Domestic Violence Lawyers

Are you the victim of, or are you being accused of, Family Violence?
Our Domestic Violence Lawyers can guide you through this difficult time and advise what you need to do to protect yourself.

How can our experienced Domestic Violence Lawyers help?

We understand that this is a stressful and worrying time, and that you need experienced legal advice. We can:

  • File or respond to a Domestic Violence Order – DVO
  • Negotiate a DVO
  • Represent you in court regarding a DVO
  • Make urgent DVO applications
  • Make urgent applications for Protection Orders
Domestic Violence Lawyer

Our Family Lawyers are members of the Law Institute of Victoria and the Law Council of Australia Family Law Sections

 

Law Council Of Australia
Law Institute Victoria
Domestic Violence

Intervention Orders

It is important that intervention order proceedings are considered.

Contact our Domestic Violence Lawyers to get urgent legal advice before saying anything, making a statement, or putting anything in writing. Even if you have already said something or made a statement, obtain our legal advice urgently.

Whether you are the offender or the abused victim, anything you say in intervention order proceedings can be used against you, both now and for many years in the future, including in:

  • criminal law proceedings
  • family law property settlement proceedings
  • family law parenting proceedings
  • child protection proceedings
  • civil law proceedings

​​There is a real possibility that criminal charges will be made against you as well.

What is an Intervention Order?

An intervention order is a court order made to protect a person from alleged or actual threatening, harassing, abusive, or violent behaviour made toward them by another person.

Serious penalties apply for:-

  • Making false allegations
  • Making false claims
  • Distorting the facts

Imprisonment of up to 5 years can be given for making a false declaration. Until allegations are proven, they could lead to a defamation claim if any allegations are found to be untrue.

In Victoria, Intervention orders are known by different names:

  • Family Violence Intervention Orders or IVOs
  • Personal Safety Intervention Orders 
  • Personal Protection Orders
  • Restraining Orders or Restraint Orders
  • Apprehended Violence Orders or AVOs
  • Domestic Violence Orders or DVOs
  • Personal Violence Orders or PVOs

​Depending on the circumstances, the conditions of your intervention order can be challenged or changed by the Magistrates’ Court. We recommend that you ask advice from our Domestic Violence Lawyers to make submissions regarding what conditions should apply.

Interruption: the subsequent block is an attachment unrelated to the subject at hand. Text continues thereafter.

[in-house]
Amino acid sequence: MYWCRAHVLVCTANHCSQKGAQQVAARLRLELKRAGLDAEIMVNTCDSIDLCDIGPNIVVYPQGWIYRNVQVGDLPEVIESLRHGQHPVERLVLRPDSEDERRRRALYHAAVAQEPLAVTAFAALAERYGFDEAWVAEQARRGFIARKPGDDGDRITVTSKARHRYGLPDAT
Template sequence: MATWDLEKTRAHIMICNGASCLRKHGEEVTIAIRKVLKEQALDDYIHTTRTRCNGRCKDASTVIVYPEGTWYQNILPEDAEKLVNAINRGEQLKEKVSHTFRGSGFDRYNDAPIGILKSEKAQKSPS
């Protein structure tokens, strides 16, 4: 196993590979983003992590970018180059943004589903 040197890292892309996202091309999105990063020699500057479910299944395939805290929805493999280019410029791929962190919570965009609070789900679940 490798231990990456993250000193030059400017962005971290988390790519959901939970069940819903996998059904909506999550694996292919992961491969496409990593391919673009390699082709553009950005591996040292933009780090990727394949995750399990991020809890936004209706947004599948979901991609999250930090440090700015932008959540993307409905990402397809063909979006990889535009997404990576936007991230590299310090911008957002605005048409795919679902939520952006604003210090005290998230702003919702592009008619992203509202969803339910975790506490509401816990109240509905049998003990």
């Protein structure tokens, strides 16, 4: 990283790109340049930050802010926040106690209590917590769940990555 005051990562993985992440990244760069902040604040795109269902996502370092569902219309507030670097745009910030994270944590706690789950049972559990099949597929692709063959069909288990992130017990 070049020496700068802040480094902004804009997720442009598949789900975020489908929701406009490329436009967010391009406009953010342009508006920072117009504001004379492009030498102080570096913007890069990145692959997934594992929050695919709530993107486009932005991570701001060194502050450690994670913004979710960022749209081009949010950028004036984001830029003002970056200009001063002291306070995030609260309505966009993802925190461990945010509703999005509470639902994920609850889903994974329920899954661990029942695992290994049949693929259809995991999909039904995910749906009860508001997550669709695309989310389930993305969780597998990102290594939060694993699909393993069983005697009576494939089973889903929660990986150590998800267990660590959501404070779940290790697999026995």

How can I defend myself against an IVO?

If you have been served with an IVO, you have the legal right to make submissions to the Magistrate’s Court. We can assist with these submissions.

You must be careful not to breach the terms of the IVO whilst it is in place, as criminal charges can be laid against you.

We can provide clear legal advice about how the conditions apply to your situation, and guidance on your future options.

Man suffering Domestic Violence

Domestic Violence FAQs

 

Q. What is Domestic Violence?
  • Physical abuse
  • Sexual abuse
  • Bullying
  • Intimidation including stalking
  • Coercion
  • Financial abuse
  • Threats
  • Controlling behaviour including monitoring text messages, social media accounts and your physical movements when away from the house.
Q. What type of relationship can have domestic violence?

Domestic violence can happen in many types of relationships such as:

  • Partner
  • Lover or ex-lover
  • Carers
  • Parent/Child
  • Step-parents
Q. What Conditions can an IVO impose on someone?

An intervention order affects the rights and freedoms of the person who is committing the offence.
​Common conditions of an intervention order may include restraining a person from:

  • Committing the actions
  • Going to a residence even if this was their family home and principal place of residence
  • Being within a certain distance of a home, place of work, place of education or childcare
  • Being within a certain distance from another person
  • Contacting another person by telephone, email, or any other means
  • Following or attempting to keep track of another person, including online social media
  • Posting information online about another person
  • Forbidding another person to do what the person cannot do themselves under an intervention order

​Ask our Domestic Violence Lawyers for confidential advice.

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